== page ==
TFT: Replace Hall Tax with ‘Broad Based Tax on Income with Generous Exemptions and Modestly Graduated Rates’

Press Release from Tennesseans for Fair Taxation, Jan. 28, 2011:

A Bill has been introduced in the legislature to reduce the “Hall” Income Tax over time and eliminate it by 2015 (SB0033 by Burks/HB0046 by Sexton). Another bill (HB0122 by Sargent/SB0108 by Johnson) has been introduced to increase the amount of income exempted from the “Hall” tax to reflect inflation up to a maximum exemption of $2,500 for individuals or $5,000 for persons filing jointly.

In the Hall Tax, named after its 1929 sponsor, Sen. Hall, Tennessee actually has an income tax. The rate of 6% is only on dividends from stocks and interest on bonds. Currently, the first $1,250 per individual or $2,500 per joint return is exempt. Since 2000, those exemptions were increased to $16,200 and $27,000 respectively for those over 65. Certain blind persons, quadriplegics, prisoners of war and several technical situations are completely exempt from the tax, as detailed in Title 67, Chapter 2 of Tennessee law (see http://www.tennessee.gov/revenue/taxguides/index.htm).

This tax is collected by the state, but more than one-third of it is returned to the city or the county in which the taxpayer lives.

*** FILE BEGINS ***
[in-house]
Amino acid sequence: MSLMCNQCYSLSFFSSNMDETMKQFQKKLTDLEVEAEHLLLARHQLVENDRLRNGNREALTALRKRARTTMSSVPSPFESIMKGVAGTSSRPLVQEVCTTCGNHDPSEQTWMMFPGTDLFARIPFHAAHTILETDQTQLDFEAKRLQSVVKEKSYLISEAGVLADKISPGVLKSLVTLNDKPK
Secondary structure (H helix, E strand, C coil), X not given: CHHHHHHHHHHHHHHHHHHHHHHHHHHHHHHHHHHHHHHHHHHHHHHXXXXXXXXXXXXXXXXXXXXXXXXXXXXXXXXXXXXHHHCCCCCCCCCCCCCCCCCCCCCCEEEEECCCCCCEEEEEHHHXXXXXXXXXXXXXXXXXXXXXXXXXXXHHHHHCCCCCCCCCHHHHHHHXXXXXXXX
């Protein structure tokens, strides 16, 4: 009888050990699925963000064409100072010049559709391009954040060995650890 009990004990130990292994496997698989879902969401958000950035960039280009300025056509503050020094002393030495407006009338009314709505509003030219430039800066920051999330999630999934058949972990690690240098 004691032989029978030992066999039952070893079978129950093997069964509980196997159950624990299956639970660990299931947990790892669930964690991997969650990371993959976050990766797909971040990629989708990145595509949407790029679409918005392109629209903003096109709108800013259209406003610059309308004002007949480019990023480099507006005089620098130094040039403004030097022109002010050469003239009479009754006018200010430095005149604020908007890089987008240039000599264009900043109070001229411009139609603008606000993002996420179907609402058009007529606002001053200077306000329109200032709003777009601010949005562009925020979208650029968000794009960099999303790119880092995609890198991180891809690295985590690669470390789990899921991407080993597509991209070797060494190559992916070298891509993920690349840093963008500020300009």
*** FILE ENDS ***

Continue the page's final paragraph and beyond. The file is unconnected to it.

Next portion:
Legislators and the public rightfully believe that this tax is especially hard on retirees and others on fixed income. The current tax is counterproductive to encouraging saving and in attracting additional retirees to the State. However, with the current budget shortfalls in state and local governments, we cannot afford to lose in the range of $200 million in revenue per year without at least replacing it with a more appropriate revenue source.

Tennesseans for Fair Taxation (TFT) proposes to replace the Hall tax and our excessive reliance on a high sales tax, also hard on all persons on fixed or modest income, with a broad based tax system as follows:

  • lower sales tax,
  • no sales tax on food and
  • a broad based tax on income with generous exemptions and modestly graduated rates.

Such a system could be designed so most Tennesseans would pay less in state taxes while raising sufficient revenue to prevent most of the cuts in services and jobs anticipated in coming budget years.

The TFT proposal is reason enough NOT to pass the proposed constitutional amendment